DOI: 10.1002/acn3.51869 ISSN:

A trichotomy method for defining homogeneous subgroups in a dementia population

Arvind Caprihan, Laura Hillmer, Erik Barry Erhardt, John C. Adair, Janice E. Knoefel, Jillian Prestopnik, Gary A. Rosenberg,
  • Neurology (clinical)
  • General Neuroscience



Diagnosis of dementia in the aging brain is confounded by the presence of multiple pathologies. Mixed dementia (MX), a combination of Alzheimer's disease (AD) proteins with vascular disease (VD), is frequently found at autopsy, and has been difficult to diagnose during life. This report develops a method for separating the MX group and defining preclinical AD (presence of AD factors with normal cognition) and preclinical VD subgroups (presence of white matter damage with normal cognition).


Clustering was based on three diagnostic axes: (1) AD factor (ADF) derived from cerebrospinal fluid proteins (Aβ42 and pTau), (2) VD factor (VDF) calculated from mean free water and peak width of skeletonized mean diffusivity in the white matter, and (3) Cognition (Cog) based on memory and executive function. The trichotomy method was applied to an Alzheimer's Disease Neuroimaging Initiative cohort (N = 538).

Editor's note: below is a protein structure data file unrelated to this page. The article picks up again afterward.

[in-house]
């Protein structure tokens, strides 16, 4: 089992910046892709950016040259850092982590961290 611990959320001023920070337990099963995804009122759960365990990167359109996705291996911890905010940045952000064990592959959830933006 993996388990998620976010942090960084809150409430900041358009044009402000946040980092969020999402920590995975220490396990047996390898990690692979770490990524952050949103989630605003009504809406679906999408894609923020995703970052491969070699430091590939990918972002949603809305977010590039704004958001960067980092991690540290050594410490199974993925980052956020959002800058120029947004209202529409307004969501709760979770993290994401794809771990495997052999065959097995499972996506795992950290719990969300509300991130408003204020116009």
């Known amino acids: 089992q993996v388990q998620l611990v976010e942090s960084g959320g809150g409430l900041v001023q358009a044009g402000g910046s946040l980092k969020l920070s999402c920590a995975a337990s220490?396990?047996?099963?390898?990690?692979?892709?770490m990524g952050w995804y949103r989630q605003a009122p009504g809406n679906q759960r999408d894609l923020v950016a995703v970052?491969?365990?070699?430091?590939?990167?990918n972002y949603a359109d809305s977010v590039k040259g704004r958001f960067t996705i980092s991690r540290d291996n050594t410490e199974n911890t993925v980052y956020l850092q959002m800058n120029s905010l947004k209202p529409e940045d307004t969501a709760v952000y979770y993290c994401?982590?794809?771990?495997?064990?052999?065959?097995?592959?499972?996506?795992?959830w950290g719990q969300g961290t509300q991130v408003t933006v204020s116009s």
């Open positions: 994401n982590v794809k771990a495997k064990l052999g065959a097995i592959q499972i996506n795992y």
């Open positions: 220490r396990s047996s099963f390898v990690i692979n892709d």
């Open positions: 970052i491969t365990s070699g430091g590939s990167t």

Eight biologically defined subgroups were identified which included the MX group with both high ADF and VDF (9.3%) and a preclinical VD group (3.9%), and a preclinical AD group (13.6%). Cog is significantly associated with both ADF and VDF, and the partial‐correlation remains significant even when the effect of the other variable is removed (r(Cog, ADF/VDF removed) = 0.46, p < 10−28 and r(Cog, VDF/ADF removed) = 0.24, p < 10−7).


The trichotomy method creates eight biologically characterized patient groups, which includes MX, preclinical AD, and preclinical VD subgroups. Further longitudinal studies are needed to determine the utility of the 3‐way clustering method with multimodal biological biomarkers.

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